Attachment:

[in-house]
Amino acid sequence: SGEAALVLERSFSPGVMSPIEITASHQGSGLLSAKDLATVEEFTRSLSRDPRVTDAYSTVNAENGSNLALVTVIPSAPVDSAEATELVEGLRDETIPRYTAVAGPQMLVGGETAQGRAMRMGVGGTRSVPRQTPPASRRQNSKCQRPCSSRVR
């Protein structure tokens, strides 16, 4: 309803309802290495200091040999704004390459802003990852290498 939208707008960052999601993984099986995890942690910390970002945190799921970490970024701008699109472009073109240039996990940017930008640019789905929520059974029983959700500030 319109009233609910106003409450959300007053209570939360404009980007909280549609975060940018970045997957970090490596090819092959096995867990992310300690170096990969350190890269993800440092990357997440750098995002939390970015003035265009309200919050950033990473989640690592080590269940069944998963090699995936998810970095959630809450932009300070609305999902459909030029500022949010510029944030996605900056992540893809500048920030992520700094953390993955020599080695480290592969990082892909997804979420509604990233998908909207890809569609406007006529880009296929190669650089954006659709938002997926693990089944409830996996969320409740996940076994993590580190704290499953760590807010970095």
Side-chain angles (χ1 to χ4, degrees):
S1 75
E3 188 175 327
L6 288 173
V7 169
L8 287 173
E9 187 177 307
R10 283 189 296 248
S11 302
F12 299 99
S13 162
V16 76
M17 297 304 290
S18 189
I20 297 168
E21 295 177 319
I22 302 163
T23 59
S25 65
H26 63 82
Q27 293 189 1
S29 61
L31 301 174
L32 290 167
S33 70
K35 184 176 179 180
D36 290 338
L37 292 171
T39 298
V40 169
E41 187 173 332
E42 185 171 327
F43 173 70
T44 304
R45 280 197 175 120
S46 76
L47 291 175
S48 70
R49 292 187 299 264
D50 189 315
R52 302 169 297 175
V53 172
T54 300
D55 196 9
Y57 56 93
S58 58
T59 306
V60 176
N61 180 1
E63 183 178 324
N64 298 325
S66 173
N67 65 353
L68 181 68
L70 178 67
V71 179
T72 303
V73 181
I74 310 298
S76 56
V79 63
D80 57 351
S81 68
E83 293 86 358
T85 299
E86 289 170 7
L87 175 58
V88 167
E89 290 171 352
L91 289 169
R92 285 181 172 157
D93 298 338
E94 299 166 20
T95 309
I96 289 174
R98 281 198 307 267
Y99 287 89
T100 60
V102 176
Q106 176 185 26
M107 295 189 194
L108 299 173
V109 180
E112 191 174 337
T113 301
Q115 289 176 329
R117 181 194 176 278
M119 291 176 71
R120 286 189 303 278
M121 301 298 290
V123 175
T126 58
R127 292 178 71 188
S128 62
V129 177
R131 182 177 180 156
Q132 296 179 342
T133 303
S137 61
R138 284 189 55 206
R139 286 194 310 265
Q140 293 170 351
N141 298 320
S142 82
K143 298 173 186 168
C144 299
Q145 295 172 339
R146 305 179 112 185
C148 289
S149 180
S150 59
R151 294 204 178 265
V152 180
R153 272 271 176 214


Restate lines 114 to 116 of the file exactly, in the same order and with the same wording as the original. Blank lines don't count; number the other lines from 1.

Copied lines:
S150 59
R151 294 204 178 265
V152 180